Learn the Lingo: A Quick Guide to Understanding Common Restaurant Terminology

Jul 11, 2022

If you’re considering a career in a restaurant you’re going to need to know more than just how to plate or serve a meal. There’s a whole new language of restaurant slang to learn as well.
Out of efficiency, and maybe a little mystique-making, the hospitality industry has developed its own restaurant lingo. While each restaurant may have its own unique slang, there are common terms that are used across the industry.
HWTC’s training team has put together a list of some of those common terms so you can sound like a seasoned pro even on your first day.


86’d

Refers to an item that the restaurant has run out of and has been taken off the menu.


All-Day

Refers to the total number of orders of a particular item (if table two orders three steaks and table four orders two steaks then that’s five steaks all day).


BOH (or Back of House)

Refers to those who work in the back of the restaurant, including chefs, kitchen prep, and storage-area staff.


Behind

If you’re walking behind another server who is clearing a table or has their hands full (or you do) then calling out “behind” lets them know you’re there. I’ve seen many disasters which could have simply been avoided if they just called out “Behind”.


Board/line/pass

There are other names for this but it refers to the area where a server would pick up food from the kitchen.


Chit/Ticket

The piece of paper that prints to the bar or kitchen when you send an order through the P.O.S.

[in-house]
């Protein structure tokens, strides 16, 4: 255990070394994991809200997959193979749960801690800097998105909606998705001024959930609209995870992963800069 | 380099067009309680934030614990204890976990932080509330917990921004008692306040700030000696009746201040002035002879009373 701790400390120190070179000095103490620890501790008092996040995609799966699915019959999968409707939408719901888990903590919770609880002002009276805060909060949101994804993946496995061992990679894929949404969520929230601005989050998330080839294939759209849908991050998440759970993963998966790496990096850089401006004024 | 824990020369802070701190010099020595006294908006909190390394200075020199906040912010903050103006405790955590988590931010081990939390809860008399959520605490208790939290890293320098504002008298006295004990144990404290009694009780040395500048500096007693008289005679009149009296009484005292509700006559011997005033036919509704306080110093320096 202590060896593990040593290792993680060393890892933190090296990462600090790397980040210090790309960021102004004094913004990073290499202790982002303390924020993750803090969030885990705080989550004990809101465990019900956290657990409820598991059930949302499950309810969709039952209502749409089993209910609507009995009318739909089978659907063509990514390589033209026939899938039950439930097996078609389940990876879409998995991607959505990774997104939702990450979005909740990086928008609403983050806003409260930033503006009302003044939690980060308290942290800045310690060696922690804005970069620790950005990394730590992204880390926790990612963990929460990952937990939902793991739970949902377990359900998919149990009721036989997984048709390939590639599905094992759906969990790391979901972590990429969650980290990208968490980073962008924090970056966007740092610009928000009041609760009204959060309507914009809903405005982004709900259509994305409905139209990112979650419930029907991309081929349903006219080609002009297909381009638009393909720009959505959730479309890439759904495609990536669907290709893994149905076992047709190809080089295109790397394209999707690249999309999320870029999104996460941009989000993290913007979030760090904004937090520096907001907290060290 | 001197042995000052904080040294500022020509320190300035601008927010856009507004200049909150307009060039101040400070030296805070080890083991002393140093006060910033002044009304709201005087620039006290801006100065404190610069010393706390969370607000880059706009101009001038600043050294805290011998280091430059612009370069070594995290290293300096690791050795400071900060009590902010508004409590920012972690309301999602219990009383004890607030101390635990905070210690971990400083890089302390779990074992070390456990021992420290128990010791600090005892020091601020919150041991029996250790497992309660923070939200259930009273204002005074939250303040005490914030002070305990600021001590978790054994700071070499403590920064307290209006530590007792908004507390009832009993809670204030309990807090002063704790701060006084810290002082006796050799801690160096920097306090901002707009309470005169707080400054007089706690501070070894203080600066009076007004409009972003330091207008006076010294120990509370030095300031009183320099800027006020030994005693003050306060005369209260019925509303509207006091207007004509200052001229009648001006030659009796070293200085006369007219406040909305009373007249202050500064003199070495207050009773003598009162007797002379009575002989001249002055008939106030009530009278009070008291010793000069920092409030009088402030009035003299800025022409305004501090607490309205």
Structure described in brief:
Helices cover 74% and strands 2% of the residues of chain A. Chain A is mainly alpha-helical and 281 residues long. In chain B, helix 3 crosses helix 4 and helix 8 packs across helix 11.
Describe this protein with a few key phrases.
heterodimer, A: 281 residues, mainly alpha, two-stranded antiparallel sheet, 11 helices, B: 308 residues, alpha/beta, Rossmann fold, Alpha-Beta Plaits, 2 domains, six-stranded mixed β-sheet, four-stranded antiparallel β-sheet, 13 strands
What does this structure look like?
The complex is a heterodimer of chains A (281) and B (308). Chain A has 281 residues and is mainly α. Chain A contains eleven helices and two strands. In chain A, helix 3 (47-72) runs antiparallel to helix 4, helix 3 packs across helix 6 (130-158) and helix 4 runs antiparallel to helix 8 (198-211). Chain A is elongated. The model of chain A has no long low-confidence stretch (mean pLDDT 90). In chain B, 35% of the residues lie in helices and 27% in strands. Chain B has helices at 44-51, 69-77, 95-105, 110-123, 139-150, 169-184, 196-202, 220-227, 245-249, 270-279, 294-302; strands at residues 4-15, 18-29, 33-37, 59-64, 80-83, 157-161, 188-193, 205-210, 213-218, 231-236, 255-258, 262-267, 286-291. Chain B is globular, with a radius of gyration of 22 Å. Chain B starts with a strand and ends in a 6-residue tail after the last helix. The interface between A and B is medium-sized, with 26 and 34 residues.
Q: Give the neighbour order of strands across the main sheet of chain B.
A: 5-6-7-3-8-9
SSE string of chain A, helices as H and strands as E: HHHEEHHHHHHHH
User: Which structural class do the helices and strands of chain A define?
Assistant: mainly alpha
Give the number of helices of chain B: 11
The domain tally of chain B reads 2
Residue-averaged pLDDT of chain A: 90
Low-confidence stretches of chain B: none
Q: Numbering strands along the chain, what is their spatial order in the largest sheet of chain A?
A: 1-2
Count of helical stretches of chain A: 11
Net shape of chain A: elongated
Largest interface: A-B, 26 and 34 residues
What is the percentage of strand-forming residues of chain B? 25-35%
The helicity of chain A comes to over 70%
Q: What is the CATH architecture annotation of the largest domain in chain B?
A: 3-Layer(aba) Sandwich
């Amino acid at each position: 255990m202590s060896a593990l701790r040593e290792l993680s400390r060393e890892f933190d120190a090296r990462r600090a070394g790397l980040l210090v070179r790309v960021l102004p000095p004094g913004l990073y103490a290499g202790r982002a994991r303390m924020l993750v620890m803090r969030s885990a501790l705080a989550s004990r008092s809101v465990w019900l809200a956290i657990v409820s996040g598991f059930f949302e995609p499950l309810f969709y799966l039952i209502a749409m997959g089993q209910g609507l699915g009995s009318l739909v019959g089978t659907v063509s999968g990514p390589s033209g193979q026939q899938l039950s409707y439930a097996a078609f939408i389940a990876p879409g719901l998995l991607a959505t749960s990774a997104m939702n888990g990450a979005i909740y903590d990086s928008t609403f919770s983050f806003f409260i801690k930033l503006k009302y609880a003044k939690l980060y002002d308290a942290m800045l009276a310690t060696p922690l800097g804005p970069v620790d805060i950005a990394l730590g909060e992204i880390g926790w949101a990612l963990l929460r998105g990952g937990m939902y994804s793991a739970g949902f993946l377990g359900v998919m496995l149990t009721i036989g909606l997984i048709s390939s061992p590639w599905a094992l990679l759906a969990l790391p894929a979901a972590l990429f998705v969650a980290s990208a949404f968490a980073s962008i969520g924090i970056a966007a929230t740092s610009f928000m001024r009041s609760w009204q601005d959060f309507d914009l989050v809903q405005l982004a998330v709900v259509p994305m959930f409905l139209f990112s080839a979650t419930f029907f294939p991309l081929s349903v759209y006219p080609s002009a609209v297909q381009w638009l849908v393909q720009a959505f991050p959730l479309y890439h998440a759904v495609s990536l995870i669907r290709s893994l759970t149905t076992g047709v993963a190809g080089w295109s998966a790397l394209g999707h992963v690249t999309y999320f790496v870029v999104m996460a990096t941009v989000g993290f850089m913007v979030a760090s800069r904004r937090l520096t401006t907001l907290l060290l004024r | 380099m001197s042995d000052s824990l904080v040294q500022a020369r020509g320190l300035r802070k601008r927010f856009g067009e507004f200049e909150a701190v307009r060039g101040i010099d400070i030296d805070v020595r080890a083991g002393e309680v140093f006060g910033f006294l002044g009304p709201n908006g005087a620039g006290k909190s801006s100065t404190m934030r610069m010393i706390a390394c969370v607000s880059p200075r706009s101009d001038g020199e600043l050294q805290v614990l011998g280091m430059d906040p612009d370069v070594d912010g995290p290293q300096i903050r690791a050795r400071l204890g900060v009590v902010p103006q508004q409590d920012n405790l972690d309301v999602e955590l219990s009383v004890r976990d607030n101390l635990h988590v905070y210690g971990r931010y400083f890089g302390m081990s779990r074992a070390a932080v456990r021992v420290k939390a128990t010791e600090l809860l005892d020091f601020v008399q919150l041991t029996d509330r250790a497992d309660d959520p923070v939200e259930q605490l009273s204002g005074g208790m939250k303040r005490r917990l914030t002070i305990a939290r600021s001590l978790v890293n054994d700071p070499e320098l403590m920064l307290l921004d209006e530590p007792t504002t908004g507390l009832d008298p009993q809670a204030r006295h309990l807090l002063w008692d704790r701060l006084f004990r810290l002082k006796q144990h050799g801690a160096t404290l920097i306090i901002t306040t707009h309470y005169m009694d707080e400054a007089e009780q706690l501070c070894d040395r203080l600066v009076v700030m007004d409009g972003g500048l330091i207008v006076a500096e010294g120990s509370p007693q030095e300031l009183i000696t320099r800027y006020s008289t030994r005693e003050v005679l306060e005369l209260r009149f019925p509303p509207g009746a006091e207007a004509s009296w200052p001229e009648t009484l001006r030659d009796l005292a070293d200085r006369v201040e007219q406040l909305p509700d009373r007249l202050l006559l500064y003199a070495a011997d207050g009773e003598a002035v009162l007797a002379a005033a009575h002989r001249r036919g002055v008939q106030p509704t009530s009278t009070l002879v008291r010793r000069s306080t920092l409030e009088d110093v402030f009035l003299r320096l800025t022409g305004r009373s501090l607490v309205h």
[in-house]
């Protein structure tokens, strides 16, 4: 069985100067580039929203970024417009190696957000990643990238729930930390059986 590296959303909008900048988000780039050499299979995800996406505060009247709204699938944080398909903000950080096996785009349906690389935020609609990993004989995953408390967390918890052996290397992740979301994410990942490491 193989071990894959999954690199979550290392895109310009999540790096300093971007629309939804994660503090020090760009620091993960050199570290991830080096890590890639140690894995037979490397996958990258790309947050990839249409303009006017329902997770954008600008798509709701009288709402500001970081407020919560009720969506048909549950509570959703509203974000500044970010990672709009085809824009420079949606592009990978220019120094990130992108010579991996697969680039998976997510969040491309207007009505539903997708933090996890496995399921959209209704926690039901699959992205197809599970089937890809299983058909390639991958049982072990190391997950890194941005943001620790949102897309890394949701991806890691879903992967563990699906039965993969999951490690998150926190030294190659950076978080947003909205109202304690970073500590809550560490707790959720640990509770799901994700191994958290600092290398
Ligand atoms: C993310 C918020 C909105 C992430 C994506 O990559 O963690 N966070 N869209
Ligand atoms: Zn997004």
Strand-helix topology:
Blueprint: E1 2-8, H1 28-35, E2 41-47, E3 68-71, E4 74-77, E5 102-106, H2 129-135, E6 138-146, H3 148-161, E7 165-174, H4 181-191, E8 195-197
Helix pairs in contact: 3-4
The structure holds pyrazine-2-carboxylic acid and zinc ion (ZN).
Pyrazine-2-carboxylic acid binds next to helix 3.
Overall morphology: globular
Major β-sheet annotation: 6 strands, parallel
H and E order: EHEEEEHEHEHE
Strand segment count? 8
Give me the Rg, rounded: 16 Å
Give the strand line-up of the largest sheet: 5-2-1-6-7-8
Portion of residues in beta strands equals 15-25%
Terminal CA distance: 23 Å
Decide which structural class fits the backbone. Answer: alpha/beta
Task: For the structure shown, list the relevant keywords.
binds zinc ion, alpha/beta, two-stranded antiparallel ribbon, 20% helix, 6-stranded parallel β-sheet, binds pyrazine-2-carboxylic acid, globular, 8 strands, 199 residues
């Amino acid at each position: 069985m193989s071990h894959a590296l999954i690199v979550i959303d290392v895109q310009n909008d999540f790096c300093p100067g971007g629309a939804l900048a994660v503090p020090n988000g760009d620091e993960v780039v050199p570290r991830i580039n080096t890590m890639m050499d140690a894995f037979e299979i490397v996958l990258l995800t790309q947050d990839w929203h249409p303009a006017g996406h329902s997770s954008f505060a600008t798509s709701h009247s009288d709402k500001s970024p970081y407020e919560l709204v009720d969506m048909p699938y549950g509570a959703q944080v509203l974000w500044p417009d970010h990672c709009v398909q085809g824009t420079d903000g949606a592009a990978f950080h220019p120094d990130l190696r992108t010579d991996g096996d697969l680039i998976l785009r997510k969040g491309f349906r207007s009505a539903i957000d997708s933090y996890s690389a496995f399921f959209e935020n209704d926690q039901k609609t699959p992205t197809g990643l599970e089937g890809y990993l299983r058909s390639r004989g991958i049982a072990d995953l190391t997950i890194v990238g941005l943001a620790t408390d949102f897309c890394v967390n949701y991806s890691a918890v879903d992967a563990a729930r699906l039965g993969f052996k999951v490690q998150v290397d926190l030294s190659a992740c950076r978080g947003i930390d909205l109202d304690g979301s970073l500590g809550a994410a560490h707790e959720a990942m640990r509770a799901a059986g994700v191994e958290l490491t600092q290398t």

Cutting the board

A term used when dividing the dining area into sections for servers.


Deuce

Refers to a table for two.


Double

Refers to a waiter or waitress working two shifts in a row.


FOH (or Front of House)

Refers to those who work in the front of the restaurant, including servers, hosts, bartenders, etc.


Full hands in, full hands out

This is great for time management, it simply means when you’re entering or leaving the dining area, kitchen, service bar you should always have your hands full. This is working smarter not harder and makes your job a lot easier. (an example is if you’re coming back to the kitchen with dirty plates you should take some food out to tables when you’re leaving, of if you bring glassware to the service bar area then run any drinks waiting to be taken).


Off line

Let’s other cooks know that you are not at your station (perhaps you need something from the fridge or store-room).


On line

A kitchen term that lets other cooks know that a cook is back or currently in their section.


On the fly/to sell

You forgot to order someone’s garlic bread or cocktail or simply a guest wants to add something to their meal they have just received. These terms let the kitchen or bar know that you need to get what you have just asked for out to the guest A.S.A.P.


Party

A group of restaurant guests. Five people would be a party of five.


P.O.S.

Stands for Point of Sale and is the computer system used for ordering food or drinks and more.


Soft sell / Up sell

Basically, if someone orders a scotch on the rocks you can ask them if they want a double or if someone orders a meal then you can ask if they want an appetizer first or a side dish with their main. This helps increase your average check and in return will increase your tip.


Top

Refers to a table and the number of people that can be seated at it (example: a two-top is a table for two people; a four-top is a table that seats four.)



To learn more about the inner workings of restaurants, register for HWTC’s Restaurant Basics. If you give us two days, we’ll get you read to work as a host, server, banquet server, café worker, or busser.

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